It is also desired to provide a system and method to efficiently generate Adverse Event and Product Complaint reports in order to comply with event reporting time deadlines.
It is also desired to provide a system and method to efficiently, safely and seamlessly transfer the collected data into any standard industry drug safety system, using industry standard protocols and definitions like the E2B and E2C standards defined by the International Conference on Harmonization of Technical Requirements for Registration of Pharmaceuticals for Human Use. (ICH M1-3).
It is also desired to provide a system and method to collect and manage data utilizing a network computer system operating in a stateless environment, while having the ability to maintain and manage state.
The present invention overcomes the drawbacks of the prior art by providing in a first aspect a method of dynamically managing and structuring the input and improving the reliability, accuracy and quality of collected information by presenting the user with a hierarchically structured set of predefined terms, receiving reported information from a user corresponding to at least one of the predefined terms, categorizing and characterizing the reported information, dynamically converting the reported information into a standardized output and storing the standardized output.
These and other objects and advantages of the invention will become more apparent from the following detailed description of a preferred embodiment of the invention when taken into conjunction with the drawings wherein:
TABLE OF CONTENTS
II. User Interface
III. Database Terminology Standardization
IV. Database Encoding
The present invention will now be described in detail with reference to the accompanying drawings. While the present invention is described in the context of an Internet based communications network, which includes a specific number and type of components, the system of the present invention may be incorporated into data and voice communications networks of many structures and sizes. The drawings are intended to provide one example of a communication network configuration in which a system of the present invention may be implemented and are not intended to limit the applicability of the present invention to other network configurations. For example, all of the features of the present invention could be implemented using a voice recognition system, wherein the user could access the system via a landline or wireless mobile communications device and enter information via responses to auditory choices and menus, or to text prompts on a wireless pager.
As will be disclosed below, an aspect of a preferred embodiment involves a process for entering, accessing and encoding data, in any language, through a super-secure portal for Spontaneous Adverse Events Reporting, Medical Product and Device Complaint Reporting Medical Inquiries and registry functions. The Portal is accessed from a Web-Browser via the WWW using strong encryption and HTTPS as the sole protocol between browser and application. No active content is needed in the browser to run the application.
With reference to the various systems and methodologies of the present invention, as described below, aspects of the present invention are described in terms of steps, some of which being executed or executable on a computer system. Various implementations of the inventive systems and methodologies provide a comprehensive, multifaceted; multi-user based incident reporting system and method. In accordance with these implementations, there is provided a system and method for entering, accessing and encoding data through a super-secure portal for Spontaneous Adverse Events Reporting, Medical Product and Device Complaint Reporting and Medical Inquiries. In other aspects of the invention, which are discussed in much more detail below, the data encoding routine of the present invention presents a novel method to populate the database in order to provide high accuracy and data entry redundancy.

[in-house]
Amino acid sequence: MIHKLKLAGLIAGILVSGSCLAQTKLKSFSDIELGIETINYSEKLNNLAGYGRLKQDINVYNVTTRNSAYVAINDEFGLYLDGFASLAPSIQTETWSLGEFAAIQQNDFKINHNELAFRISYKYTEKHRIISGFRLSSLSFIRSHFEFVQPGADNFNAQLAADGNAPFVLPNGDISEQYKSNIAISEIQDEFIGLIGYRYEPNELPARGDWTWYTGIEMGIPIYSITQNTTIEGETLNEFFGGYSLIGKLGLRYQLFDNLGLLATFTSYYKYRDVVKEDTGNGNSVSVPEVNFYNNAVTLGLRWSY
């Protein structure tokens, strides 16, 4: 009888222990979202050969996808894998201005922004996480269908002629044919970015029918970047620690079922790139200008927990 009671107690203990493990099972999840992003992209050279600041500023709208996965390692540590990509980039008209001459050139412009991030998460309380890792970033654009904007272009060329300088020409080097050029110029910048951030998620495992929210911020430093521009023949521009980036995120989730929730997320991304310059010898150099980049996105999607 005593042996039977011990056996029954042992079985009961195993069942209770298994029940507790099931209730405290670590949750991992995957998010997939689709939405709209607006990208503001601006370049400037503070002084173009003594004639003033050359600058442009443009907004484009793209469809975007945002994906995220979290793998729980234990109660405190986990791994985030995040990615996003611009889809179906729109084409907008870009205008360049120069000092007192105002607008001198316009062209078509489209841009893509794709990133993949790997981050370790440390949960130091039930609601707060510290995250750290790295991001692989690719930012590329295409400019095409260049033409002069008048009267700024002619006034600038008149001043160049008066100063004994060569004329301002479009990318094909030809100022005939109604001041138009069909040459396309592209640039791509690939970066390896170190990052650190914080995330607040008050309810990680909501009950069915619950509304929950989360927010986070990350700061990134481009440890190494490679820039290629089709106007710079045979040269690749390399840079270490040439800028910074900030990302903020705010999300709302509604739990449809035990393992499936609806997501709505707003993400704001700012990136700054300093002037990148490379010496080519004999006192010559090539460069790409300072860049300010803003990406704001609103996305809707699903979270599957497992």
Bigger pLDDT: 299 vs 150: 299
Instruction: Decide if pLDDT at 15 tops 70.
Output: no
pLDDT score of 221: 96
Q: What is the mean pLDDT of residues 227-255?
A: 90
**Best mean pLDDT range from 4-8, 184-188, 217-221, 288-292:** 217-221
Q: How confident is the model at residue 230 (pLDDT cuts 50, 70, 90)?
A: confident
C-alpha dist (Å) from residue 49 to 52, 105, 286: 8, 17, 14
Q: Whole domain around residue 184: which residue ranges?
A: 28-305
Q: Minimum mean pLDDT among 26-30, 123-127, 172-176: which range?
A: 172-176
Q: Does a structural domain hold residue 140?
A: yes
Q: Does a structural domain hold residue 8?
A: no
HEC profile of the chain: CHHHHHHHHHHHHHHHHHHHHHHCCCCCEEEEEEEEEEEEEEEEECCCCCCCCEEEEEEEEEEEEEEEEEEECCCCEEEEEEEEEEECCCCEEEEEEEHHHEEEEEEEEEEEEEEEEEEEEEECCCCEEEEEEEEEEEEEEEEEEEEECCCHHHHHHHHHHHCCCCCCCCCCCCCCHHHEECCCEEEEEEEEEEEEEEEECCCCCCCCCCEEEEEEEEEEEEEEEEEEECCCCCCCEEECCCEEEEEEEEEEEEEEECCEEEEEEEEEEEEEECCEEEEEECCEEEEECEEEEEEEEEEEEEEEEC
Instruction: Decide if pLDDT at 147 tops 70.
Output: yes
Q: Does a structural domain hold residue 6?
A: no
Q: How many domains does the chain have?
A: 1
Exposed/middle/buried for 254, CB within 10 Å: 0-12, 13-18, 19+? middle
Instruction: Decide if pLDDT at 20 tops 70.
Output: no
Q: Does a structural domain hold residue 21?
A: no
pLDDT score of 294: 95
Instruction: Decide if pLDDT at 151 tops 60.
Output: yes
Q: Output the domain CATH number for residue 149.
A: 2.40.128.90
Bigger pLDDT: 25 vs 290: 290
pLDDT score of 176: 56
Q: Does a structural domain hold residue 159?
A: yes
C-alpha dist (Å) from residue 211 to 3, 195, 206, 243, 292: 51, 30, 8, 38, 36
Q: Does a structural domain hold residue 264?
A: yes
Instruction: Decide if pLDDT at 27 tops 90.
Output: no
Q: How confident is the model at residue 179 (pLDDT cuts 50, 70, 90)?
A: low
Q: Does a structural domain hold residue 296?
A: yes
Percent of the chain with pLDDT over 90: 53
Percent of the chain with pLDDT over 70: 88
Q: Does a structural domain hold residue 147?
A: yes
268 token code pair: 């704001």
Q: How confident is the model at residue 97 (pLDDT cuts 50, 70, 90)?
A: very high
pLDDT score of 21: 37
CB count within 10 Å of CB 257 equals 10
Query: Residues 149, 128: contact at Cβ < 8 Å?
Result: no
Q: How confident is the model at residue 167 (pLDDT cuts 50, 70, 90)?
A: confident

In a preferred implementation, a central database is developed and contains information pertaining to Adverse Events Reporting, Medical Product and Device Complaint Reporting and Medical Inquiries and individual patient information, which preferably is incorporated into the database corresponding to each reported event or complaint. Other types of information can be incorporated, as will become apparent below. Preferably the data fields are named in accordance with the E2B and E2C standards issued by the international committee for harmonization (ICH M1-3).
Through the use of the present invention, the process of developing the database incorporates techniques to ensure that the information reported is reliable and accurate. Accordingly, redundant data input systems and methods are incorporated to ensure the reliability and accuracy of reported information through the various systems and methodologies of the invention. Information concerning the patients' condition, prescribed medication, Adverse Events and complaints are entered into the database through a user interface wherein the user selects information to be included in the database using pull down menus. In addition, once the data is selected, the user must confirm the reported information at least twice. Thus through the immediate review and detection of data input errors, corrective action can be undertaken immediately, by the incident user, therefore increasing the reliability and accuracy of the reported information.
In accordance with one aspect of the invention, patient information, medication information, Adverse Event and Product Complaints are received from the user via the input interface. Data is input through the interface-using either pull down menus or free form data entry fields. The pull down menus include a set of clickable data entries for each data categories. In the event that user is unable to locate the data entry from the provided pull down menus that accurately reflects the patients information or condition, then the user can enter that information in a data entry field. However, any data that is entered via the data entry field rather than chosen from a pull down menu is automatically flagged for verification and validation.